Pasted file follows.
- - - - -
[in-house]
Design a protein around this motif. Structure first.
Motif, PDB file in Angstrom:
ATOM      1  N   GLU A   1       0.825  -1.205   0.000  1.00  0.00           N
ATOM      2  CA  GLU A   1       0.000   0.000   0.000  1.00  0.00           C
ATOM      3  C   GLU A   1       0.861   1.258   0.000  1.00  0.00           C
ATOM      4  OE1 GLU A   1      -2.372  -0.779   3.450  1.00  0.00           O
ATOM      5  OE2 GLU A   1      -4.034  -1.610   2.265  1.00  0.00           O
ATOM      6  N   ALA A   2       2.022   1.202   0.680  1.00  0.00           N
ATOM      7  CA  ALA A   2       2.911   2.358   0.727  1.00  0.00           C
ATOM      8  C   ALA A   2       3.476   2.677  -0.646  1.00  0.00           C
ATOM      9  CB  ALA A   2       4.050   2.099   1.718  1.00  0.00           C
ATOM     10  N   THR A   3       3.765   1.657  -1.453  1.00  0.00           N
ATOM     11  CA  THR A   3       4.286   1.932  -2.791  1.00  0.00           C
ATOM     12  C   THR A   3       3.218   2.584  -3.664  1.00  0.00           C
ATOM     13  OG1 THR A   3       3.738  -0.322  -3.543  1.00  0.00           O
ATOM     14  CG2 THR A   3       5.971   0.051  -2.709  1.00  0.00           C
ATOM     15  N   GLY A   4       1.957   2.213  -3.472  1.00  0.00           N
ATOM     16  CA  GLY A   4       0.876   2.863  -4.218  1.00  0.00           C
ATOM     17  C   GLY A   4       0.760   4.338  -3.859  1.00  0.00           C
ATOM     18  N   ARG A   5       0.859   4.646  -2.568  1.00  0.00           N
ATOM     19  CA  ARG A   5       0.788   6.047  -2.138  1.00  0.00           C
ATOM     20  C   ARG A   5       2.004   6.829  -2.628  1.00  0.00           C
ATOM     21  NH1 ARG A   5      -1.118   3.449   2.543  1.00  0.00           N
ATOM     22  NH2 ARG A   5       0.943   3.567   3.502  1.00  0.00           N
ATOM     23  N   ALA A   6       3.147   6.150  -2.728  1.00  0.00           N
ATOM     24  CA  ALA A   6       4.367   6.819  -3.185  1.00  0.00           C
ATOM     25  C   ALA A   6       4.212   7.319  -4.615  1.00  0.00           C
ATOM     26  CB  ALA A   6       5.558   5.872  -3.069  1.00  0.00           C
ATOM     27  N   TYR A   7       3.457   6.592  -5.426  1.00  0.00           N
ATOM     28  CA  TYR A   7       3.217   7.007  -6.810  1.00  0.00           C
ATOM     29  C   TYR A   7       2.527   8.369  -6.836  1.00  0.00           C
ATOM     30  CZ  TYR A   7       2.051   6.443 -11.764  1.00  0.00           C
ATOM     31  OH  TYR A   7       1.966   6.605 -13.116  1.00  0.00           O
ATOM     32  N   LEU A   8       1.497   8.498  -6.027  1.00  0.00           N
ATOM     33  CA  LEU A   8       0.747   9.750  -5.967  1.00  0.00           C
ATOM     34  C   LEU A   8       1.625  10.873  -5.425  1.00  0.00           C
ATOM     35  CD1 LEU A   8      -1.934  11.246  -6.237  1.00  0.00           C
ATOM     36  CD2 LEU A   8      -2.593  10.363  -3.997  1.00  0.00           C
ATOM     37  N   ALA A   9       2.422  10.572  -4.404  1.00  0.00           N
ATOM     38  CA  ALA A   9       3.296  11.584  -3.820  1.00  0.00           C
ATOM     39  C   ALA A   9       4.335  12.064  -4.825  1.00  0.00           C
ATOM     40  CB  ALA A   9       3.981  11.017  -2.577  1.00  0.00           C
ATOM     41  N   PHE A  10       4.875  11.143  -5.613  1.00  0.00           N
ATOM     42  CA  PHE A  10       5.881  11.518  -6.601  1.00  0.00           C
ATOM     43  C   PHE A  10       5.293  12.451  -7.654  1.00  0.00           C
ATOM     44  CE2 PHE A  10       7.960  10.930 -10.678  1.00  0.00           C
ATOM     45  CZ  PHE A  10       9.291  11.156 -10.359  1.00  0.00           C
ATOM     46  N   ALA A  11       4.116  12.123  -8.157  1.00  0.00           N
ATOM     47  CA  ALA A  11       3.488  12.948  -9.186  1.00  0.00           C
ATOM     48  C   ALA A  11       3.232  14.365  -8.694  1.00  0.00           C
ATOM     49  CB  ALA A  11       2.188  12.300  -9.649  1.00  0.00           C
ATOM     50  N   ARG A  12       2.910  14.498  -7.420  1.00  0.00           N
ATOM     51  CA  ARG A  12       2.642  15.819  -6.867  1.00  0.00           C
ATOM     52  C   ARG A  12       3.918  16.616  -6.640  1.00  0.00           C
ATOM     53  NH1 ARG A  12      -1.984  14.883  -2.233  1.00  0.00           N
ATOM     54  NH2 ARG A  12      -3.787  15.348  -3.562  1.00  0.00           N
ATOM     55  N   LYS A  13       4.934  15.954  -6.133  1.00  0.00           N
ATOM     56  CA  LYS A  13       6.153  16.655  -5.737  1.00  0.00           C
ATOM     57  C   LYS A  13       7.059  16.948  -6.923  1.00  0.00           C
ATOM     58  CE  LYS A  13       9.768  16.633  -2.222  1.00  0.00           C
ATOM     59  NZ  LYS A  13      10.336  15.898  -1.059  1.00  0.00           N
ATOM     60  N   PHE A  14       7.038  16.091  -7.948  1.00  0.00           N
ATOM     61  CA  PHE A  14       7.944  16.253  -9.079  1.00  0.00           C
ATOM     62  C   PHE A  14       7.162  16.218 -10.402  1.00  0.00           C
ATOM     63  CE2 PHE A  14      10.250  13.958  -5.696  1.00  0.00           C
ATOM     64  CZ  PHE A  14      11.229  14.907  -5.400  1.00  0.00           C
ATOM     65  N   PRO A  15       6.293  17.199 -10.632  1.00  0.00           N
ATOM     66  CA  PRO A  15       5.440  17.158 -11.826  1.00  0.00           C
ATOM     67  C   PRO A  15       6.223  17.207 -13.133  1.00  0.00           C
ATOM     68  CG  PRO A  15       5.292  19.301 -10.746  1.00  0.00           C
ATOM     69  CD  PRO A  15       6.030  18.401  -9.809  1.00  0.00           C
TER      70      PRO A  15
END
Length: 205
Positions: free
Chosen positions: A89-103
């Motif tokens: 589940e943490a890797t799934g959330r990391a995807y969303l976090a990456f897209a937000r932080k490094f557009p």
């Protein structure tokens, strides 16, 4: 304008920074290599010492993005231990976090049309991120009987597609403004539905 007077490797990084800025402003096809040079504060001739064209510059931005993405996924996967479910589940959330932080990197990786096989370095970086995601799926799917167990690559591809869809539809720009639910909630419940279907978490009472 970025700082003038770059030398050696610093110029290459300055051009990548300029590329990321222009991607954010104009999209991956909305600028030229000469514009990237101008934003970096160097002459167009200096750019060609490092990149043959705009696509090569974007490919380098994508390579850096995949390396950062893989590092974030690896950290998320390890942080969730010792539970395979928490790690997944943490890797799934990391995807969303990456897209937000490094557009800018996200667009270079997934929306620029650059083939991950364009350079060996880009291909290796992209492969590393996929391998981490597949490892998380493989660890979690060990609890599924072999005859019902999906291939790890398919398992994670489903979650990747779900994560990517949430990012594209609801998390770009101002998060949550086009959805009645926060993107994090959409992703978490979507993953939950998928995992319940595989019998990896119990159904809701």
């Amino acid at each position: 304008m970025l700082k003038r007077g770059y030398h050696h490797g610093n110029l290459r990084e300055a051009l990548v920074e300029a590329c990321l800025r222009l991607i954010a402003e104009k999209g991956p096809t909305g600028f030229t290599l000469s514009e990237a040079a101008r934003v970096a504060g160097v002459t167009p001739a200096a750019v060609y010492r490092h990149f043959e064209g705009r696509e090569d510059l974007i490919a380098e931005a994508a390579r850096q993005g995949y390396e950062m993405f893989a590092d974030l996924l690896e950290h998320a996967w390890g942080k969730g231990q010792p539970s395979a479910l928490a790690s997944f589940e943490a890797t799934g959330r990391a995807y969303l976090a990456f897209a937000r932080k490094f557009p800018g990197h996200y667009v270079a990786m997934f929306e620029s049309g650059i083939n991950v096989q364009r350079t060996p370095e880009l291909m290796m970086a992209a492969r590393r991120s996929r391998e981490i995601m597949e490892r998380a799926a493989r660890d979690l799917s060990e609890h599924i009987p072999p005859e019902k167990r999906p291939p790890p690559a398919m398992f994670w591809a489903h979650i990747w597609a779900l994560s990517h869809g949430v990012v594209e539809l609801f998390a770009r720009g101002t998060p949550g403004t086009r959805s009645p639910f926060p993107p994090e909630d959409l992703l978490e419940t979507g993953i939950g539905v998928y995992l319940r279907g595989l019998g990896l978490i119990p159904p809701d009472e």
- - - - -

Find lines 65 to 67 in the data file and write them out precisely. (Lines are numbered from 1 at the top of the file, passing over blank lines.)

ATOM     62  C   PHE A  14       7.162  16.218 -10.402  1.00  0.00           C
ATOM     63  CE2 PHE A  14      10.250  13.958  -5.696  1.00  0.00           C
ATOM     64  CZ  PHE A  14      11.229  14.907  -5.400  1.00  0.00           C